The police will try to use anything you say to incriminate you so stay quiet until you get a lawyer. Also, the prosecutor needs to prove that all the evidence they intend to use in court was lawfully gathered and not in violation of your constitutional rights.

However, you are entitled to be informed of any issues concerning evidence against you. If you have proof that evidence was gathered illegally and in violation of your constitutional rights, you can speak with your Arizona criminal defense attorney to file a motion so that the evidence can be suppressed and not used in court.

After you are arrested and taken to the police station, you have a right to a phone call. Use that phone call to call your criminal defense attorney in Arizona, but if you don’t have their number or forgot it, call your bail bond agent, friend, or relative so they can pay your bail. Do not discuss facts of your case on the phone since everything is being recorded and will be used against you.

Voluntary Confessions in Arizona

If you voluntarily gave information to the police, that’s a different story. It is admissible in court sometimes even if they did not read your Miranda Rights because you willingly told them. It’s important to tell your Arizona criminal defense attorney anything you can remember about talking to the police so they can see if you gave voluntary information.

Voluntary confessions really depend on the circumstances. If the statements were extracted by any sort of threats or violence, (or) obtained by any direct or implied promises, however slight, (or) by the exertion of any improper influence.’”   Bram v. United States, 168 U.S. 532, 542-543 (1897). Promises could also lead a court to find your statements were involuntary. Before a statement will be considered involuntary because of a ‘promise,’ evidence must be established that (1) a promise of benefit or leniency was in fact made, and (2) the suspect relied on that promise in making the statement.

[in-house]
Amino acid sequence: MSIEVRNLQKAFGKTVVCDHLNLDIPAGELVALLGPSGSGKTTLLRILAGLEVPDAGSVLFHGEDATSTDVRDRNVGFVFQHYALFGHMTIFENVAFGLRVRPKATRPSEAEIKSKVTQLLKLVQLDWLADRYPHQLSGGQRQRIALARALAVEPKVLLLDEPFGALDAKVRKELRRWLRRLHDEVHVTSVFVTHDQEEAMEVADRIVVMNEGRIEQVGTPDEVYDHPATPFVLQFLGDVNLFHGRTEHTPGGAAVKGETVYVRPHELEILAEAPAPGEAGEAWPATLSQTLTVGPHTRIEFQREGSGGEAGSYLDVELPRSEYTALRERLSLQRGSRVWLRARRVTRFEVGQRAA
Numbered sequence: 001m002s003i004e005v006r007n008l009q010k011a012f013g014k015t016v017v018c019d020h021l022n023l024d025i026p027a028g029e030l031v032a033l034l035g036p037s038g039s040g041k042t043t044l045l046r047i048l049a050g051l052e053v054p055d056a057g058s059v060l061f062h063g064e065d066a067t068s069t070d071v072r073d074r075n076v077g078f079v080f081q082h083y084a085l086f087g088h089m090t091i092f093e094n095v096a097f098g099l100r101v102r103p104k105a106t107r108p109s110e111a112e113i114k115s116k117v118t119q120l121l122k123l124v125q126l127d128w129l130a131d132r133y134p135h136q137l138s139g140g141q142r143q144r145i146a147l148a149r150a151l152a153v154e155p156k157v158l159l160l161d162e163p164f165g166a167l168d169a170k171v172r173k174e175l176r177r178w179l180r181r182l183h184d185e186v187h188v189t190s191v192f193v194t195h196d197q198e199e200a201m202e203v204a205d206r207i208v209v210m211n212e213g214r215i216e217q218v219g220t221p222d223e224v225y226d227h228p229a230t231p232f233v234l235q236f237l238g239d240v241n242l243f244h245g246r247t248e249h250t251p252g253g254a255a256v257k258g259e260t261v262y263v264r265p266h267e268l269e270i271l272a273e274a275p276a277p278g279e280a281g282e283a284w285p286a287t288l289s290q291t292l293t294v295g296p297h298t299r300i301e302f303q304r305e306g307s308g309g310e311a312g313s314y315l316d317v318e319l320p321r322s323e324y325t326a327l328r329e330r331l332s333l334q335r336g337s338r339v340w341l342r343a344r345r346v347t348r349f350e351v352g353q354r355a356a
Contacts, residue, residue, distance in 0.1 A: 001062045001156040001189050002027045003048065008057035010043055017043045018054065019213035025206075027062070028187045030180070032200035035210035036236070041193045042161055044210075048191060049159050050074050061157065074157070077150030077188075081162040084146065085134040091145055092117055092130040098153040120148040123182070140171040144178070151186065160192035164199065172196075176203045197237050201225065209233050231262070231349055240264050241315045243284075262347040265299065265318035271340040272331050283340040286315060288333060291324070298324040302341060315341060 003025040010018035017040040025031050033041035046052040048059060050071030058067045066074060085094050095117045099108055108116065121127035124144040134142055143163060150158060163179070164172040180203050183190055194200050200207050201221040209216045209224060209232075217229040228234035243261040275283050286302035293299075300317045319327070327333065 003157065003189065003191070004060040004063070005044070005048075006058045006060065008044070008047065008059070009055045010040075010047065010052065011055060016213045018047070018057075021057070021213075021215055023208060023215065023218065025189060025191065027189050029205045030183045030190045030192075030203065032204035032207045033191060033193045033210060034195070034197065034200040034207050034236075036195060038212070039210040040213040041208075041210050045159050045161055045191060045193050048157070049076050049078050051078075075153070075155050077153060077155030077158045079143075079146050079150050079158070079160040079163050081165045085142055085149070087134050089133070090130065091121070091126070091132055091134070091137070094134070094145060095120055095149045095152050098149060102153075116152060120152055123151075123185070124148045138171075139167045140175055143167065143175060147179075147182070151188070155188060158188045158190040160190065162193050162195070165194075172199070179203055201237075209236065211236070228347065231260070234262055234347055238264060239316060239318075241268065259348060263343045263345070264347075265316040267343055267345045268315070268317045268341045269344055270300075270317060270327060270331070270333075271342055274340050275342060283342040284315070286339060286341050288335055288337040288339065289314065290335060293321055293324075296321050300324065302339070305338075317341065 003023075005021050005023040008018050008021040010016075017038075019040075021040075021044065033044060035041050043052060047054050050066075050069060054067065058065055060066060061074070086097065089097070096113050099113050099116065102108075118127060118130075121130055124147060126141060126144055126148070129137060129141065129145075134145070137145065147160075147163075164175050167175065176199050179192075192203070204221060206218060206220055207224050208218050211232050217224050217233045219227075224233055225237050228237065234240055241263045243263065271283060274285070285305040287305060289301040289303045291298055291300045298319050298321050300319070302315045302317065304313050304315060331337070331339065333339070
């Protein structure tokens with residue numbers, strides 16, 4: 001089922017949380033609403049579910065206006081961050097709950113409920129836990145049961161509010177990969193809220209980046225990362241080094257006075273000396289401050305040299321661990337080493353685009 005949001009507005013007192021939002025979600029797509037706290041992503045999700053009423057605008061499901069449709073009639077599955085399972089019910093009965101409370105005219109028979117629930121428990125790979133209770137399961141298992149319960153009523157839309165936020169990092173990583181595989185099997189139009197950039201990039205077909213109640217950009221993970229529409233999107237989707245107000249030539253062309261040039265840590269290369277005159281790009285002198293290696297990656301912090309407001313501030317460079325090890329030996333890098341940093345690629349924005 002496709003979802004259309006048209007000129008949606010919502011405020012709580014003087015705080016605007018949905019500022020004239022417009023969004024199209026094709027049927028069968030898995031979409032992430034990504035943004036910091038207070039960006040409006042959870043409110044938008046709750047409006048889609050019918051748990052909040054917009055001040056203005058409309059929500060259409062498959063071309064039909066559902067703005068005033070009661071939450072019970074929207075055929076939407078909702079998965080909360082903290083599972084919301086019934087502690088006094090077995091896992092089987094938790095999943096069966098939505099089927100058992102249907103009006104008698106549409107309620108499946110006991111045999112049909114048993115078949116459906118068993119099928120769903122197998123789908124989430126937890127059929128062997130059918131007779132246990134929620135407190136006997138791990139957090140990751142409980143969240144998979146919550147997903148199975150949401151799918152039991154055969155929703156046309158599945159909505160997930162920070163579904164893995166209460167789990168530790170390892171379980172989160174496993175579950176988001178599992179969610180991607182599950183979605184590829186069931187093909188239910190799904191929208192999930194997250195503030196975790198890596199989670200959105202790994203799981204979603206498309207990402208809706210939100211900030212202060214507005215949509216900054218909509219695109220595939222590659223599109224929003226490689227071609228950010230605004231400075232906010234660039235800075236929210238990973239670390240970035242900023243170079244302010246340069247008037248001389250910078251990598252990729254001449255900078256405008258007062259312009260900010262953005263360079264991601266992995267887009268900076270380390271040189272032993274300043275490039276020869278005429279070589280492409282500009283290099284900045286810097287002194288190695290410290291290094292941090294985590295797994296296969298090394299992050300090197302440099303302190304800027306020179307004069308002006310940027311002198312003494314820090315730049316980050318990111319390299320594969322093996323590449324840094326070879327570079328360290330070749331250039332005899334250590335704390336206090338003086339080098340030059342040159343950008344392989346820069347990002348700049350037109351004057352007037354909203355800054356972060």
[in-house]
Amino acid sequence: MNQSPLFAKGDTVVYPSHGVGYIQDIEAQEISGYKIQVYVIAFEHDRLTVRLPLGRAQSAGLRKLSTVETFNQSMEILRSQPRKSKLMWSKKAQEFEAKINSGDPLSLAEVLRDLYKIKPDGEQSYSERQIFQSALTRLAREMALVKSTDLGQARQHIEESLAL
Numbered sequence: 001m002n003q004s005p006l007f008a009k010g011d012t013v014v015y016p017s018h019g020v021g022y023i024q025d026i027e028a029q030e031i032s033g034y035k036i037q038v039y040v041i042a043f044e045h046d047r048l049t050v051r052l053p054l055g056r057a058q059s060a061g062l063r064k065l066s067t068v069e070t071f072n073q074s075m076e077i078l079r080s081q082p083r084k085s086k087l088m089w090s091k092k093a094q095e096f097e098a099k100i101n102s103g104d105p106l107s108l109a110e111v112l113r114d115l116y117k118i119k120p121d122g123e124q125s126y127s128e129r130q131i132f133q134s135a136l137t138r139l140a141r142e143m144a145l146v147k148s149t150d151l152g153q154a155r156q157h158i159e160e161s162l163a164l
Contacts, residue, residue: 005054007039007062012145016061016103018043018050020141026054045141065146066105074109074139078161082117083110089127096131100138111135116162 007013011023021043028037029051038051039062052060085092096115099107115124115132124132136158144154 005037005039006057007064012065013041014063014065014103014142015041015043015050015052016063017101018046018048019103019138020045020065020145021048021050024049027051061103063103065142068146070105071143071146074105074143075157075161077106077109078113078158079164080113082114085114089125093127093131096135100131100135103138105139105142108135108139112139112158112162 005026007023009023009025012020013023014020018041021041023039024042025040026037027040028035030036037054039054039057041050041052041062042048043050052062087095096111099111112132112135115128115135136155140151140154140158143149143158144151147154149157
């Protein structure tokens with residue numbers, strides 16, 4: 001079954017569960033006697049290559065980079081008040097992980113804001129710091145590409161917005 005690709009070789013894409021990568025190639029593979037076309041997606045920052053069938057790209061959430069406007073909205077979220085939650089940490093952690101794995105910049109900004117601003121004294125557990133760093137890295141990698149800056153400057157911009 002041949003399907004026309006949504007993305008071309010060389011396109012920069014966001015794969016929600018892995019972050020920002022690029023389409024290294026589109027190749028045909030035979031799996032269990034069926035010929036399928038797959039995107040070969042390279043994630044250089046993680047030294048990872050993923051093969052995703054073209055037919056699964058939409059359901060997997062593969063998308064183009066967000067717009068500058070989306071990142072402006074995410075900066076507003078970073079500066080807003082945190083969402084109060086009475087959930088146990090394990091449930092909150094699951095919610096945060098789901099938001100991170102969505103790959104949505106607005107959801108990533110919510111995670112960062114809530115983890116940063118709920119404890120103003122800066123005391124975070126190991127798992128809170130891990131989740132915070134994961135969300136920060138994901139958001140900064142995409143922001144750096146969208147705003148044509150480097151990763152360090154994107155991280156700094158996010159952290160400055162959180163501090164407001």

A defendant’s belief that an officer would not arrest him if he spoke is not enough to prove that a statement was involuntary. Questioning a suspect before arresting him, but after advising him of his rights and telling him that the officer has probable cause to arrest is not an implied promise to not arrest, if the defendant cooperates.

Police are also allowed to lie to you and your confession may still be voluntary regardless of the lies you relied on when making the confession. Courts will tolerate some form of police gamesmanship so long as the games do not overcome a suspect’s will and induce a confession not truly voluntary.

Know Your Constitutional Rights & Get an Arizona Criminal Defense Attorney

The police have rules and regulations to keep them in place as well. They cannot just do whatever they want just because they work for the law. Their job is to detect and prevent crime and disorder, enforce regulations, and maintain law and order, all for the safety and health of the public.

You have your rights. Don’t forget it.

Contact your criminal defense attorney in Arizona to see if the evidence in your case can be challenged.